So long Guy's, last word in health

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The Independent Online
IN 1861, the trustees of Guy's Hospital purchased one of the alcoves that formed part of the original London Bridge. The graceful stone edifice cost them 10 guineas but was viewed as a fine investment for convalescing patients. They would sit in the alcove - incorporated into the hospital's boundary wall - protected from the weather but exposed to the bustle of life which, it was reasoned, would speed recovery.

More than 120 years later similar concerns motivated the trustees approving plans for a new development at Guy's. A state-of-the-art hospital building was needed, but one that would provide an environment conducive to health.

Philip Harris House, at a cost of pounds 140m, was the result and is due to open in September. Work is still going on at the seven-storey building, which has airy walkways and plant- filled atria. It is the most advanced NHS development in Britain - but in the end may shelter fewer patients than the mossy alcove nearby.

For Guy's staff, patients and supporters, the unthinkable has happened. Their hospital, which until a year ago was the 'flagship trust' of the Government's NHS reforms, is to be run down, leaving a medical school, day surgery, research and outpatient facilities on the 273-year- old site. World-famous departments are to be shunted up river to St Thomas's Hospital in Lambeth, Guy's partner in a merged trust and the hospital that has emerged as victor in the bloody re-organisation of the capital's health care.

'It will be like fitting a quart into a pint pot, damned near impossible. Of course we are going to lose the brightest and the best,' said one professor. The five acute wards, a 100- bed mental health unit, numerous outpatient clinics and laboratories planned for Philip Harris House may never be used for the purposes envisaged by the trustees, private donors, medical charities and thousands of individual fund-raisers.

The atmosphere at Guy's Hospital is one of fear and loathing; fear for the future - or lack of it - and loathing of a government that appears to have defied all logic in its decision to dismantle the hospital.

It is, Guy's folk believe, a political decision, influenced by the proximity of St Thomas's to Westminster and Whitehall, by the lobbying of MPs, the Foreign Office and the Metropolitan Police, which they claim have long-standing connections at St Thomas's. Some hint at Freemason involvement: 'It was always said that you couldn't get a consultant's job at St Thomas's unless you were a mason,' said one senior physician. Others point to family links. The father of Virginia Bottomley, the Secretary of State for Health, was chairman of West Lambeth Health Authority. The notices on cheerful blue and yellow stationery put up by the trust board welcoming last week's announcement by Mrs Bottomley were the final straw. On Monday evening medical and dental staff met to form a 'war cabinet' and launch one more 'Save our hospital' campaign in London. 'Pinning that statement up everywhere was an insult, a gratuitous insult to everyone here,' said Dr Chisholm Ogg, the 'Magnus Pyke' of renal medicine, whose frustration and anger manifest themselves in a machine-gun-like delivery and perpetual motion of the limbs. He said he 'smelt a rat' months ago and warned Guy's Kidney Patients' Association to hang on to the pounds 1m it had raised for Philip Harris House.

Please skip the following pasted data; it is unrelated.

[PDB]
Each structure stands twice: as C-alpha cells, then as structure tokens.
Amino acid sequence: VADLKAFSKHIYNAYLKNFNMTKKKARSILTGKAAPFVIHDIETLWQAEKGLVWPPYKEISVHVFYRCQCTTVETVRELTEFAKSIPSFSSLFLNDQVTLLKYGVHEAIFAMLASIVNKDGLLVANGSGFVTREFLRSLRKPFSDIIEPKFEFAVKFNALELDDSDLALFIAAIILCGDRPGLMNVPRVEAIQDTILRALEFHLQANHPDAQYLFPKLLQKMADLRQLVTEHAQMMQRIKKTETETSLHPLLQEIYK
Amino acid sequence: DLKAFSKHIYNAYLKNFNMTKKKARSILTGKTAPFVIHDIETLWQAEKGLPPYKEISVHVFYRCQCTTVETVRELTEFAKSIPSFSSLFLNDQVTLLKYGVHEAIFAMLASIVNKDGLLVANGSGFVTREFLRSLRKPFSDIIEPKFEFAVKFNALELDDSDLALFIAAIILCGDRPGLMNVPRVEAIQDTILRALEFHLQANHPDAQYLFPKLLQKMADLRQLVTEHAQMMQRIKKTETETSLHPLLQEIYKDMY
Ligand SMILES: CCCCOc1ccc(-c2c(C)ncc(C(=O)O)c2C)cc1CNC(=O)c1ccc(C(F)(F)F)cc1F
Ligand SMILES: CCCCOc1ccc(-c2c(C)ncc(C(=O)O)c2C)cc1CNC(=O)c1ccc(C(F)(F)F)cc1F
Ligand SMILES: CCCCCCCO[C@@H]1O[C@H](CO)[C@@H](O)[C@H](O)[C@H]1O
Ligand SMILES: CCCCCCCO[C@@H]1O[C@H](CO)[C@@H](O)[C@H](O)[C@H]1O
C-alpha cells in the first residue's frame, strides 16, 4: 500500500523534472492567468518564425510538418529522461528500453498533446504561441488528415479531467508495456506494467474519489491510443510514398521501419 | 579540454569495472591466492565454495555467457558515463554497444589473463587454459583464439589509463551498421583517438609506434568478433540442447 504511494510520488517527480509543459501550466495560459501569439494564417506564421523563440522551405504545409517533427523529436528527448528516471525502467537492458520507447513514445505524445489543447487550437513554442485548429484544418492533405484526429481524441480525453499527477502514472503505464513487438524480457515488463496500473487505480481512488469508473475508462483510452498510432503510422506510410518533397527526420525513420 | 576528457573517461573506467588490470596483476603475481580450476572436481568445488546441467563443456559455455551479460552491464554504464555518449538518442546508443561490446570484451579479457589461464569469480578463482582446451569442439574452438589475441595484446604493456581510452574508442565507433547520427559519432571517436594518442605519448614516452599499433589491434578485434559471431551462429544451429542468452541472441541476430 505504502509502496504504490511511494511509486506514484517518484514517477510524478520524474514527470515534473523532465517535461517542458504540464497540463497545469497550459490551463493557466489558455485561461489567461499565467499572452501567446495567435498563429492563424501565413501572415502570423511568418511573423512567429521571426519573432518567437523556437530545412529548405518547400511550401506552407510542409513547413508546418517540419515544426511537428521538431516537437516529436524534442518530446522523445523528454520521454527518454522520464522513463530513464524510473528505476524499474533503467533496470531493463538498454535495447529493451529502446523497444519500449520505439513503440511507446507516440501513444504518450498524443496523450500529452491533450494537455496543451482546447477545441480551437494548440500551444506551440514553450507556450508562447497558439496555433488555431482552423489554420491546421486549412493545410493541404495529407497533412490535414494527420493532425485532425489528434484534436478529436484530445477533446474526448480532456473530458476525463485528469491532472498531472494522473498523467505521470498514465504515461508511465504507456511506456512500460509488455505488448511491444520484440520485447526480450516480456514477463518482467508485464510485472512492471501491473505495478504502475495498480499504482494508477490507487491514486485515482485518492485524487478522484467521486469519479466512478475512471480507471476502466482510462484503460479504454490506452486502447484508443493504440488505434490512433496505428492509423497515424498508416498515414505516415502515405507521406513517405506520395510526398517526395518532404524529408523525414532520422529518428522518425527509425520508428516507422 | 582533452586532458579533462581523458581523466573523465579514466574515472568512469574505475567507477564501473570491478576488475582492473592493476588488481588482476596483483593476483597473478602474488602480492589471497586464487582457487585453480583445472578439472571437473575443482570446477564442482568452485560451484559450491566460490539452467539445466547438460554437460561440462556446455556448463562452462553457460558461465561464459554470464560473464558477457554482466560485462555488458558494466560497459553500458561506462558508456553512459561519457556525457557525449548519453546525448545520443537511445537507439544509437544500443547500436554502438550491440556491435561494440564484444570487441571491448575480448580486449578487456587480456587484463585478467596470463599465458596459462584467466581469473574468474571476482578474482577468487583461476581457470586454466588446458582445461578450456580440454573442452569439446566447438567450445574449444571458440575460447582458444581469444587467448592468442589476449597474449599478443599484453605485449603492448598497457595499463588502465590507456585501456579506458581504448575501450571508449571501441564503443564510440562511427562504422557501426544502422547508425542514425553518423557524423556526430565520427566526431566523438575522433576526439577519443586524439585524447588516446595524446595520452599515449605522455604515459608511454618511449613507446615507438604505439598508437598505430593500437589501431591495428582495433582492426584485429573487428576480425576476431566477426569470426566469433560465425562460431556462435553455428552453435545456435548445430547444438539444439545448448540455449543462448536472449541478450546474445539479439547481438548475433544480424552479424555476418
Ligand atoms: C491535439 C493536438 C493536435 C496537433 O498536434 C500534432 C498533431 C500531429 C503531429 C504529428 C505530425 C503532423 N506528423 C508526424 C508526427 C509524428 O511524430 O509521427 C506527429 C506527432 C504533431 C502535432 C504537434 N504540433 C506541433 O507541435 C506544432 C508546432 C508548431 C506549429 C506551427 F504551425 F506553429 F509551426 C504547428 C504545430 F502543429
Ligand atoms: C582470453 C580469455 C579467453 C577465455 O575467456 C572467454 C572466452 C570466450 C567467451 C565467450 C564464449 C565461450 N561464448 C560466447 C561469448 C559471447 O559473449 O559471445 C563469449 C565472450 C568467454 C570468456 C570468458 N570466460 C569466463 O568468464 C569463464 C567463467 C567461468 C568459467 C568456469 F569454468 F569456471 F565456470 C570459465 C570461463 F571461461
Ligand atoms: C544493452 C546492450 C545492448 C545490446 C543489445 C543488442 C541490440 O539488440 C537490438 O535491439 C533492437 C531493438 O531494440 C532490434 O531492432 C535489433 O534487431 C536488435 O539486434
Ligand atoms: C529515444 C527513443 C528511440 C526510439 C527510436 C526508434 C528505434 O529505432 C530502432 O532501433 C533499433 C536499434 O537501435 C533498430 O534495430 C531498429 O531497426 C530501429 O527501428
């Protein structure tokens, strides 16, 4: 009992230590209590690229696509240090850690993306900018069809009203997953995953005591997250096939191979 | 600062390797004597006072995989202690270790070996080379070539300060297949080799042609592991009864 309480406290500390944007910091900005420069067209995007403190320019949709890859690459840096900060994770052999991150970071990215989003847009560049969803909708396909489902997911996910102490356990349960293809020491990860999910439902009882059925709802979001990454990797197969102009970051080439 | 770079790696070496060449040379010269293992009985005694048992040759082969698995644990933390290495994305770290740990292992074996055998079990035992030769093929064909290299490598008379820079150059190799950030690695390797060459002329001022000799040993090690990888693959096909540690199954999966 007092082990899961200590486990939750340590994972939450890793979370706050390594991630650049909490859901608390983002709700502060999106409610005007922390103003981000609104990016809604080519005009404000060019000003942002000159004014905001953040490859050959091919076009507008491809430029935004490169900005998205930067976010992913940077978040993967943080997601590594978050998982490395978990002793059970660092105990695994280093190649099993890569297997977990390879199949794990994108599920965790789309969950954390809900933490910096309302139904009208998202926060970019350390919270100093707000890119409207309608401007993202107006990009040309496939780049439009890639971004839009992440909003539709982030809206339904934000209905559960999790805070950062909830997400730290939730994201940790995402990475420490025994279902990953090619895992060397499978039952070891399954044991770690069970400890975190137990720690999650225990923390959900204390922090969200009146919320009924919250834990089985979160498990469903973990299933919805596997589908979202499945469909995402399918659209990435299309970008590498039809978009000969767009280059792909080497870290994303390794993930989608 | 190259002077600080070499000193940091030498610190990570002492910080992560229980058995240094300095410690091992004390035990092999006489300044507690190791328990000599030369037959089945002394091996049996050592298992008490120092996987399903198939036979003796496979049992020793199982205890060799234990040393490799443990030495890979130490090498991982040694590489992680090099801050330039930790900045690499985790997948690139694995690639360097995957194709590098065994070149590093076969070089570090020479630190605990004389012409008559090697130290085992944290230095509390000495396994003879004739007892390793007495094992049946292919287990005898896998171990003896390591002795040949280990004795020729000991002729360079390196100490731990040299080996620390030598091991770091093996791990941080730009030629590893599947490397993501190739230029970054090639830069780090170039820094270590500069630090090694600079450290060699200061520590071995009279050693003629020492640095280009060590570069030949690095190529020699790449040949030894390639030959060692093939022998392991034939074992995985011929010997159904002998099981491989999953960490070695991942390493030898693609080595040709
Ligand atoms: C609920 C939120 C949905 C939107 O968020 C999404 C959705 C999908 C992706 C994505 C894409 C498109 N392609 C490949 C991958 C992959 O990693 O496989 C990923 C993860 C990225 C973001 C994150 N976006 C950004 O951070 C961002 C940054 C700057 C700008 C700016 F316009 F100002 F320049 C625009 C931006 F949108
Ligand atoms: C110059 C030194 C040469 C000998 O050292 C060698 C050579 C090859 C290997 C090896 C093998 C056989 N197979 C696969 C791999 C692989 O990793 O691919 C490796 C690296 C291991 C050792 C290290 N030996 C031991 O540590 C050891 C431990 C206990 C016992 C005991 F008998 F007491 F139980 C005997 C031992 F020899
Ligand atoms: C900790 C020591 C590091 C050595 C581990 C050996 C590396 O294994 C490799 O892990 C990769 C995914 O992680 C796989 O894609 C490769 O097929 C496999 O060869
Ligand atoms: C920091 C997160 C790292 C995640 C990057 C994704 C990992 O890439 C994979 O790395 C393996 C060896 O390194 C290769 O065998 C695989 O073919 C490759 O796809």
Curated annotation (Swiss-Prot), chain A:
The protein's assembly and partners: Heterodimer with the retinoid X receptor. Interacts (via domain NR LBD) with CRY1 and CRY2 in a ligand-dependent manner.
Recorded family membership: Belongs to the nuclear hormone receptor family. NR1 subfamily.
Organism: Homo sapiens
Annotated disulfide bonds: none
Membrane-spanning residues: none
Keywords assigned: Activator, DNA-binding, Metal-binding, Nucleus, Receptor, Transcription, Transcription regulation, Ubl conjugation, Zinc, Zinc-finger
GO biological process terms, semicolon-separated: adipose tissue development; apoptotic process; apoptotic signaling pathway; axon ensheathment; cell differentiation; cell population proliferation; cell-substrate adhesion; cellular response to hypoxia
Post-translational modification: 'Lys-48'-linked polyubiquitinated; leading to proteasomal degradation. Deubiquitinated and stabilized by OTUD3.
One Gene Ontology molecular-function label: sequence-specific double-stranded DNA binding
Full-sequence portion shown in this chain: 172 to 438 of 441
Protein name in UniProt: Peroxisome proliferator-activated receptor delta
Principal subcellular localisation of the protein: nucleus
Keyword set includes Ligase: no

Alec Schwartz, former chairman of the association, said: 'We'd be so disappointed if we had handed it over. It is staying put until we know what will happen. What I think of the decision is unprintable.' His wife, Betty, was a patient at Guy's from 1977 until she died in 1980, since when he has devoted his time to the hospital. Other donors, such as the Imperial Cancer Research Fund and the Arthritis and Rheumatism Research Council, wait to hear if the facilities their money was provided for will be available at St Thomas's. If not, they want it back.

There are others who have no financial commitment to the hospital but who are equally devastated. John Stride, 67, sits behind a table in the Accident and Emergency Department, on the look-out for anyone who is lost. He travels from Blackheath two days a week to work as a volunteer. 'It stinks,' he said. 'It is a bit old-fashioned and spaced-out but it is a brilliant hospital. They just want to junk it.'

Janet is one of the thousands of middle-class women of a certain age who are 'Friends' - voluntary helpers - at hospitals. She hauls her trolley of snacks and sundries from the radiotherapy department to casualty, around the waiting- room and then up the five-floor tower block. 'I am so angry. It is the wrong decision and Philip Harris House is a terrible waste of public funds. You don't need that calibre of building for a day surgery.'

Dr Bob Knight, a consultant physician at Guy's who is co-

ordinating opposition to the Government's plans, knows they are coming to the fight late, but is hopeful. A judicial review of Mrs Bottomley's decision is on the cards, and the Commons Public Accounts Committee is to consider the use of pounds 100m of public money for Philip Harris House. An independent review of the evidence for the best site for the trust hospital is also under way. 'All we wanted and expected was a fair decision based on the facts. If Thomas's was the better site, then we would accept that. But there was nothing fair about it.

'Virginia Bottomley has said that she wants to have done something for health care that will be remembered in 20 years' time. Well, she is dismantling one of the best hospitals in London. That is something to be remembered for.'

(Photograph omitted)

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